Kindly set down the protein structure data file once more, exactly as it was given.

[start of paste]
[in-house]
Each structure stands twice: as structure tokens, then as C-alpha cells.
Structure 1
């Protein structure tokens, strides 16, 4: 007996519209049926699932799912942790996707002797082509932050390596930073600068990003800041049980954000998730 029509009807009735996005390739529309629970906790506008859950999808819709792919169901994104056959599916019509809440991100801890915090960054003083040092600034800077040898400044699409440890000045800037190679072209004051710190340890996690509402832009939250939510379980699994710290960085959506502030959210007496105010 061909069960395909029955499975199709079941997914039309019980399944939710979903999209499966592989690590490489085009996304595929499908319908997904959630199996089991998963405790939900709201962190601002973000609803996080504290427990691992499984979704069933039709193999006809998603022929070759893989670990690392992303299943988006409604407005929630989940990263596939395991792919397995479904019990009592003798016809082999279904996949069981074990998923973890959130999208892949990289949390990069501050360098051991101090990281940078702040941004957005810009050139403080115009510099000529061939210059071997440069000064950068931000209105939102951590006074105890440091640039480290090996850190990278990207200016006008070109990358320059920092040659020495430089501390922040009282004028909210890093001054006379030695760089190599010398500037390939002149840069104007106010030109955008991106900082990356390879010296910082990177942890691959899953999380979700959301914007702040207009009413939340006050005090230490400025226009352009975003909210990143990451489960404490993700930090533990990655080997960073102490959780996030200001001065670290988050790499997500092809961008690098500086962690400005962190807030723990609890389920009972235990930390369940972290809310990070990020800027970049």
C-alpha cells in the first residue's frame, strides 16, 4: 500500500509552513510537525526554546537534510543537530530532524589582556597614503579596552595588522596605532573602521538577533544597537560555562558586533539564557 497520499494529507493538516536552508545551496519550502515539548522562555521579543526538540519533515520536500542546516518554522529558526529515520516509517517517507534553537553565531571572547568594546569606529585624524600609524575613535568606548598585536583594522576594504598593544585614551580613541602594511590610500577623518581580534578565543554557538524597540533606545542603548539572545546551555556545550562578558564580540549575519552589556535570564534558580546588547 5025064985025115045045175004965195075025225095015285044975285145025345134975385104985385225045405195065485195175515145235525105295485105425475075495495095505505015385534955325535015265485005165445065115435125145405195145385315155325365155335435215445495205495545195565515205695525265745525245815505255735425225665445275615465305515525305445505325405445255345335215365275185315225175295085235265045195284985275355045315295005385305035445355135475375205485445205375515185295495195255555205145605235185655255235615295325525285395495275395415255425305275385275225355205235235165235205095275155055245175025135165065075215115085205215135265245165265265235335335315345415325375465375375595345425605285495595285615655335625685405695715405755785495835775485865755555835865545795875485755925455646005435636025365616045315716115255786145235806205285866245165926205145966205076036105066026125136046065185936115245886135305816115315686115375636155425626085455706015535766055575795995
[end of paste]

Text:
[in-house]
Each structure stands twice: as structure tokens, then as C-alpha cells.
Structure 1
């Protein structure tokens, strides 16, 4: 007996519209049926699932799912942790996707002797082509932050390596930073600068990003800041049980954000998730 029509009807009735996005390739529309629970906790506008859950999808819709792919169901994104056959599916019509809440991100801890915090960054003083040092600034800077040898400044699409440890000045800037190679072209004051710190340890996690509402832009939250939510379980699994710290960085959506502030959210007496105010 061909069960395909029955499975199709079941997914039309019980399944939710979903999209499966592989690590490489085009996304595929499908319908997904959630199996089991998963405790939900709201962190601002973000609803996080504290427990691992499984979704069933039709193999006809998603022929070759893989670990690392992303299943988006409604407005929630989940990263596939395991792919397995479904019990009592003798016809082999279904996949069981074990998923973890959130999208892949990289949390990069501050360098051991101090990281940078702040941004957005810009050139403080115009510099000529061939210059071997440069000064950068931000209105939102951590006074105890440091640039480290090996850190990278990207200016006008070109990358320059920092040659020495430089501390922040009282004028909210890093001054006379030695760089190599010398500037390939002149840069104007106010030109955008991106900082990356390879010296910082990177942890691959899953999380979700959301914007702040207009009413939340006050005090230490400025226009352009975003909210990143990451489960404490993700930090533990990655080997960073102490959780996030200001001065670290988050790499997500092809961008690098500086962690400005962190807030723990609890389920009972235990930390369940972290809310990070990020800027970049």
C-alpha cells in the first residue's frame, strides 16, 4: 500500500509552513510537525526554546537534510543537530530532524589582556597614503579596552595588522596605532573602521538577533544597537560555562558586533539564557 497520499494529507493538516536552508545551496519550502515539548522562555521579543526538540519533515520536500542546516518554522529558526529515520516509517517517507534553537553565531571572547568594546569606529585624524600609524575613535568606548598585536583594522576594504598593544585614551580613541602594511590610500577623518581580534578565543554557538524597540533606545542603548539572545546551555556545550562578558564580540549575519552589556535570564534558580546588547 5025064985025115045045175004965195075025225095015285044975285145025345134975385104985385225045405195065485195175515145235525105295485105425475075495495095505505015385534955325535015265485005165445065115435125145405195145385315155325365155335435215445495205495545195565515205695525265745525245815505255735425225665445275615465305515525305445505325405445255345335215365275185315225175295085235265045195284985275355045315295005385305035445355135475375205485445205375515185295495195255555205145605235185655255235615295325525285395495275395415255425305275385275225355205235235165235205095275155055245175025135165065075215115085205215135265245165265265235335335315345415325375465375375595345425605285495595285615655335625685405695715405755785495835775485865755555835865545795875485755925455646005435636025365616045315716115255786145235806205285866245165926205145966205076036105066026125136046065185936115245886135305816115315686115375636155425626085455706015535766055575795995